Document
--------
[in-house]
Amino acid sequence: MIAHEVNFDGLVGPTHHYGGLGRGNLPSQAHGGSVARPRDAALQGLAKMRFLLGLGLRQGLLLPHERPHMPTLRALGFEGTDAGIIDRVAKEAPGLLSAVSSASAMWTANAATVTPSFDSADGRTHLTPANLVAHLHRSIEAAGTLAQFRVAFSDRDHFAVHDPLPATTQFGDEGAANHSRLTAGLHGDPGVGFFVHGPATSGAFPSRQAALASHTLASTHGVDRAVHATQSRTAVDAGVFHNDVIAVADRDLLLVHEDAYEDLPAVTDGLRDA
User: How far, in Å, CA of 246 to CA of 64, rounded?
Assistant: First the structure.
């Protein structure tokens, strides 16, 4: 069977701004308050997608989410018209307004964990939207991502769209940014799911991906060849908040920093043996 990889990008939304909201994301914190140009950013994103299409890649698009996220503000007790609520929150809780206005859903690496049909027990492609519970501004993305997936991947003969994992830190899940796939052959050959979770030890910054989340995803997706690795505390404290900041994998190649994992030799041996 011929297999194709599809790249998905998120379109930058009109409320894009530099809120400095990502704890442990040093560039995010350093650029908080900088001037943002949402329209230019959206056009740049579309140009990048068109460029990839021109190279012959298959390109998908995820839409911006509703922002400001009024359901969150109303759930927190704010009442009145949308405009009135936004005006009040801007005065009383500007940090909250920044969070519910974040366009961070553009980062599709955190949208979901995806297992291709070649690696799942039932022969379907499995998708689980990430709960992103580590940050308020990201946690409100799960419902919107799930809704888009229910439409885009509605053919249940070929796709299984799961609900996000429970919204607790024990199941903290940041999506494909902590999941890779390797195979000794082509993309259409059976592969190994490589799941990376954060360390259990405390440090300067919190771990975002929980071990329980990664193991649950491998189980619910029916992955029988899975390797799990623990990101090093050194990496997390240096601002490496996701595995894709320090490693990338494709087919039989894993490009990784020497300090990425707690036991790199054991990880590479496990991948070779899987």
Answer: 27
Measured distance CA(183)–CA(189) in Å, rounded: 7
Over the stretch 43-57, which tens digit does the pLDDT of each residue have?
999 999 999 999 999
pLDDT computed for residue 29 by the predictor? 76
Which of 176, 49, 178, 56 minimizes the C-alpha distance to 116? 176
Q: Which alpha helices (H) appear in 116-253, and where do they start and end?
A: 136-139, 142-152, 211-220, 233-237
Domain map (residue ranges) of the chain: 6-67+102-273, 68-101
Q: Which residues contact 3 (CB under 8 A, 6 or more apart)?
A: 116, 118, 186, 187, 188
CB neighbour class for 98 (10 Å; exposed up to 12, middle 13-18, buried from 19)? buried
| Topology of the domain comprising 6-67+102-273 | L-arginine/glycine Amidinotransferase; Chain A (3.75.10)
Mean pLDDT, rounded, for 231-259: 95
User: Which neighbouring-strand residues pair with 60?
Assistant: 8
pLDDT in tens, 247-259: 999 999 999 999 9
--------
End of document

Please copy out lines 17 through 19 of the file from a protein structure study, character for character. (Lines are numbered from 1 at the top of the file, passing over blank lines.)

CB neighbour class for 98 (10 Å; exposed up to 12, middle 13-18, buried from 19)? buried
| Topology of the domain comprising 6-67+102-273 | L-arginine/glycine Amidinotransferase; Chain A (3.75.10)
Mean pLDDT, rounded, for 231-259: 95